By McKenzie Romero
In Aurora, Colo., which by community estimates is more than a third Latino, none of the 12 midnight moviegoers killed in the July 20 Century 16 Theater massacre were Latino. Nor were the several initially identified in media accounts as injured. No official list of the 59 hospitalized by 24-year-old gunman James Holmes was immediately released.
Aurora’s Latino community was quick, however, to reach out to survivors.
David Sánchez told the story of his daughter and son-in-law in theater 9 when James Holmes opened fire.
Caleb Medely, Sánchez’s son-in-law, remains in a coma following a gunshot to the head. His wife Katie, Sánchez’s 21-year-old daughter, gave birth to a son July 24 in the same hospital.
The Medely’s story became widespread when Sánchez spoke to reporters outside the Arapahoe County Courthouse about Holmes’ court appearance and his daugther’s experience. He called the suspect’s eyes “demonic.”
Among Aurora’s Latino community, many churches and community organizations are reaching out to any seeking counseling, including the Queen of Peace Catholic Church. The church is one of Aurora’s largest and is about two miles away from the Century 16 movie theater.
The church serves about 7,000 families in the Aurora area and about 50% of the congregation is Hispanic, according to Queen of Peace business manager Steve Loftis. Queen of Peace has kept to its regular mass schedule and is helping to coordinate grief counseling for any community members seeking help.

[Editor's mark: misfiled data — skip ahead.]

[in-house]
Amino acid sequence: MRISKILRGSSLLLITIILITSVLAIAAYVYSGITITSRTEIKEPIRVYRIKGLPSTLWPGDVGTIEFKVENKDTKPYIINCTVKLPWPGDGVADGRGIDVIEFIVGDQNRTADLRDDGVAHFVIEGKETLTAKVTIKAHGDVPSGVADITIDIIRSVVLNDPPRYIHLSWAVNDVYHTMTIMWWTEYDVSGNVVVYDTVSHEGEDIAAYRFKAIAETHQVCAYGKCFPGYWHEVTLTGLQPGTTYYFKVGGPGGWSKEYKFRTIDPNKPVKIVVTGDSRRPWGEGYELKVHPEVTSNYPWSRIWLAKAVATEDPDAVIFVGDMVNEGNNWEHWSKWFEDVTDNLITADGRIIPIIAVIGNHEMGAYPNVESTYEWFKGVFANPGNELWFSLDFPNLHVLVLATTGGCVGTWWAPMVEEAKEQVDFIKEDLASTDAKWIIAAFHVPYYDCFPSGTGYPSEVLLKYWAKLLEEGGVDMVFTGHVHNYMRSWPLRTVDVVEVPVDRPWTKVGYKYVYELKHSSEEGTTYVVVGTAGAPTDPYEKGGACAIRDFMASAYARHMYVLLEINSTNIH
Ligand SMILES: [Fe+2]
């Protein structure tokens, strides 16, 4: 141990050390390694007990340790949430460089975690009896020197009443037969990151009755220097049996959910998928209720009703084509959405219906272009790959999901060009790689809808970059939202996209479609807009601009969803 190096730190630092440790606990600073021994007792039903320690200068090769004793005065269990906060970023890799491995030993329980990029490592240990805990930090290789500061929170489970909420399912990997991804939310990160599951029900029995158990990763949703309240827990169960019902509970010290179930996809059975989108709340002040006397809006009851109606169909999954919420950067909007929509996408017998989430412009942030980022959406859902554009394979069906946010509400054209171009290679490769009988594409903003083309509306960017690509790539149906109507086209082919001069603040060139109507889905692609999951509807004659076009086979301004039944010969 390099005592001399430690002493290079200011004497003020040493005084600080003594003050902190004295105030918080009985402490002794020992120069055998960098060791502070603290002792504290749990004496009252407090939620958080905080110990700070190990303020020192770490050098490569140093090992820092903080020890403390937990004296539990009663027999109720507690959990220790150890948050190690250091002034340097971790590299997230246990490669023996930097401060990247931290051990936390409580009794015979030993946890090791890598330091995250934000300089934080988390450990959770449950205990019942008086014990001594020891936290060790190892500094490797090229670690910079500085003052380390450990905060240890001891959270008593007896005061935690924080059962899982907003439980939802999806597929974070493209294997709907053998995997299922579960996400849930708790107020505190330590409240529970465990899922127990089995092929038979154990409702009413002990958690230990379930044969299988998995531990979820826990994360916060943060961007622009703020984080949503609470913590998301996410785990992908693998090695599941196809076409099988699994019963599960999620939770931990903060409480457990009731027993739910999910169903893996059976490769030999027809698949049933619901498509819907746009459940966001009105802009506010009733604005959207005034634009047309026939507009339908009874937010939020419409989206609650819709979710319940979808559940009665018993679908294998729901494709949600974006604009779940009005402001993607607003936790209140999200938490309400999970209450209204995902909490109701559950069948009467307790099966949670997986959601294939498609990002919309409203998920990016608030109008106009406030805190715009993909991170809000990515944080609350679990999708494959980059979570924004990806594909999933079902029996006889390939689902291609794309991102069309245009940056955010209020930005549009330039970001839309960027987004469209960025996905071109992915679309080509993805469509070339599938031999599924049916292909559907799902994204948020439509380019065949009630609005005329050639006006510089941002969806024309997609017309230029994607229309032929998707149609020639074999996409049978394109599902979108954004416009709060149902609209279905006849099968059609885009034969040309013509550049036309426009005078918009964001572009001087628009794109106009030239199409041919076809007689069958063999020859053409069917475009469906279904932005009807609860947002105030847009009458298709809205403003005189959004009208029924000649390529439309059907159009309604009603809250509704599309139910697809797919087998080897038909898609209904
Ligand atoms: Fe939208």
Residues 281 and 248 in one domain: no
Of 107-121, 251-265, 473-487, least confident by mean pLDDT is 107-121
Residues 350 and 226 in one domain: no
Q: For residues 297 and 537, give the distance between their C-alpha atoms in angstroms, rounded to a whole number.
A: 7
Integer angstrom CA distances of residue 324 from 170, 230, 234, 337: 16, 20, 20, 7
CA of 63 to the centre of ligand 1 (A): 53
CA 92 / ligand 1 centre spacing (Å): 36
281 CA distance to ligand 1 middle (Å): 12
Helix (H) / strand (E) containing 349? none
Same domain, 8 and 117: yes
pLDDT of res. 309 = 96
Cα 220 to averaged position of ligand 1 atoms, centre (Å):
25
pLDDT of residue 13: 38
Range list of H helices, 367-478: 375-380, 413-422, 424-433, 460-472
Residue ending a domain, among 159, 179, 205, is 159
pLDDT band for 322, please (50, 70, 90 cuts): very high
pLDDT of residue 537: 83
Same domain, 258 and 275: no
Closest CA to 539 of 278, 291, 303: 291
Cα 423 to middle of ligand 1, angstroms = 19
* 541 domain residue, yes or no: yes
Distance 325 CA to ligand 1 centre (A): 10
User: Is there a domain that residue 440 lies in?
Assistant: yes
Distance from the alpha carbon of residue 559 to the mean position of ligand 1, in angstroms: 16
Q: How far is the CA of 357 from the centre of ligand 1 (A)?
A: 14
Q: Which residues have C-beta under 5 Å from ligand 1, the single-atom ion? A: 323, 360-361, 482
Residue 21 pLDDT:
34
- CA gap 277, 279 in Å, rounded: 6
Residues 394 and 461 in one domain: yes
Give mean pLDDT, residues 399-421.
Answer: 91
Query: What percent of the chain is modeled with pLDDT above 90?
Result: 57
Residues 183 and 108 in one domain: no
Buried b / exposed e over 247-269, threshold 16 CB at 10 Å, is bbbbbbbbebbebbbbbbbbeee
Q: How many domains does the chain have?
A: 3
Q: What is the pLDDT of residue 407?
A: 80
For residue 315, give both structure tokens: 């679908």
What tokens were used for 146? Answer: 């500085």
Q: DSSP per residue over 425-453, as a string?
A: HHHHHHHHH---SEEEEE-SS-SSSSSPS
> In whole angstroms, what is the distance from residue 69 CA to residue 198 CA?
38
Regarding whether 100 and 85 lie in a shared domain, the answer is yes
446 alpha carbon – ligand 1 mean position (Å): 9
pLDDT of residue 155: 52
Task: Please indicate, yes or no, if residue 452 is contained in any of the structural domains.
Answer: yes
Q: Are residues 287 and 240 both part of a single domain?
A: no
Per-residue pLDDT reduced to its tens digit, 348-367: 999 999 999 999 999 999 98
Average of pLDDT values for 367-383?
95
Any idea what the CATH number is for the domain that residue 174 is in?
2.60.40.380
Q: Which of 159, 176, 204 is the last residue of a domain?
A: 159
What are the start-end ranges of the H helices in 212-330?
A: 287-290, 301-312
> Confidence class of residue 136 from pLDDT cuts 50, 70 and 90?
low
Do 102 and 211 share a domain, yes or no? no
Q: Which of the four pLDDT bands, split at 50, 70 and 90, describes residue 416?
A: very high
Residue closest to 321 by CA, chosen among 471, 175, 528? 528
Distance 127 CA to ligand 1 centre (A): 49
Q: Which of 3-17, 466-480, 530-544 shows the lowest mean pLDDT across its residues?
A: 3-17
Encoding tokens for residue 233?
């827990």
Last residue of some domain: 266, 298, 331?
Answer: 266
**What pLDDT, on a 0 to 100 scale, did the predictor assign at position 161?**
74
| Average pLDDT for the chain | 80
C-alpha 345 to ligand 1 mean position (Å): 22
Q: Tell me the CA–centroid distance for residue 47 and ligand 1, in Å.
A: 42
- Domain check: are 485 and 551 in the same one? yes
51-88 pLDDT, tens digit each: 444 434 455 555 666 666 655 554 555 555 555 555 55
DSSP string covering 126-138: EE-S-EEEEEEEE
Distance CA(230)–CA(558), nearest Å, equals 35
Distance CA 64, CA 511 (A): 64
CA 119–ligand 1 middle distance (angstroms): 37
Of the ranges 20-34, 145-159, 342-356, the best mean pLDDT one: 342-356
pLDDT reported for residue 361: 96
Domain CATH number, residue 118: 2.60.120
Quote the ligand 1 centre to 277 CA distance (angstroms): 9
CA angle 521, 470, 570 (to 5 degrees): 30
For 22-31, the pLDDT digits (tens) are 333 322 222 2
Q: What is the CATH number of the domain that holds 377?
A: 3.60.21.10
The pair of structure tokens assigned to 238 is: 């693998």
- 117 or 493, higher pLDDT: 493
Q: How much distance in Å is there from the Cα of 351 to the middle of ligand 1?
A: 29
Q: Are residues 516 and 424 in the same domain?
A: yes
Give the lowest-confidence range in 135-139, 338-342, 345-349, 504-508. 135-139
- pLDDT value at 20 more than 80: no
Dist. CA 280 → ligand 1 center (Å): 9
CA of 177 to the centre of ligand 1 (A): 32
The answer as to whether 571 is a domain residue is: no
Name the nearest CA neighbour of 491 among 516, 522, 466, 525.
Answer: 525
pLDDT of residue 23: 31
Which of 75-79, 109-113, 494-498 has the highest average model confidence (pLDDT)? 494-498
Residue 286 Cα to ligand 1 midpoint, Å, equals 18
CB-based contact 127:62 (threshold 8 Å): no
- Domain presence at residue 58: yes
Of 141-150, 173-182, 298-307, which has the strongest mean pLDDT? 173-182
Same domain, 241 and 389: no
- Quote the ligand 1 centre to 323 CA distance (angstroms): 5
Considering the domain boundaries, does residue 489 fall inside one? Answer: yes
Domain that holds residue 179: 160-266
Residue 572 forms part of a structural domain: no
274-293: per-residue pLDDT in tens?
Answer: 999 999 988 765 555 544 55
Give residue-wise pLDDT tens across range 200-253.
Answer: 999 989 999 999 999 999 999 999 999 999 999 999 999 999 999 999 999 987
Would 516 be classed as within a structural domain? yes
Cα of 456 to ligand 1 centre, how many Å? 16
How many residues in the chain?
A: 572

Loftis said no members of the Latino congregation were injured in the shooting, although some of the church’s members remain hospitalized.
The Rose Community Foundation and its Latino Community Foundation out of Denver will be waiting in the wings to provide counseling to Aurora residents, law enforcement or anyone else requesting support.
“We went through something similar with Columbine,” said Sheila Bugdanowitz, the foundation’s president.
“It’s a complicated time for organizations. Everyone wants to help (Aurora residents), but they don’t even know what they need from us.”
Yolanda Quesada, managing director of the Community Latino Foundation, called Aurora, an area where 95 different languages are spoken in public schools, “one of the most diverse metro areas” in Colorado.
“Even organizations working with immigrants will be working with all kinds of immigrant groups,” she said.
Morning-after coverage online included a story by New America Media reporting that immigrant communities in Aurora had “panicked” as they sought to get word about the victims. However, a Denver-based reporter quoted in the story said in his blog that the article did not paint an accurate picture.
Francisco Miraval, a reporter with Vision 21, said much media coverage was “distorted” and that panic among immigrants “never happened.”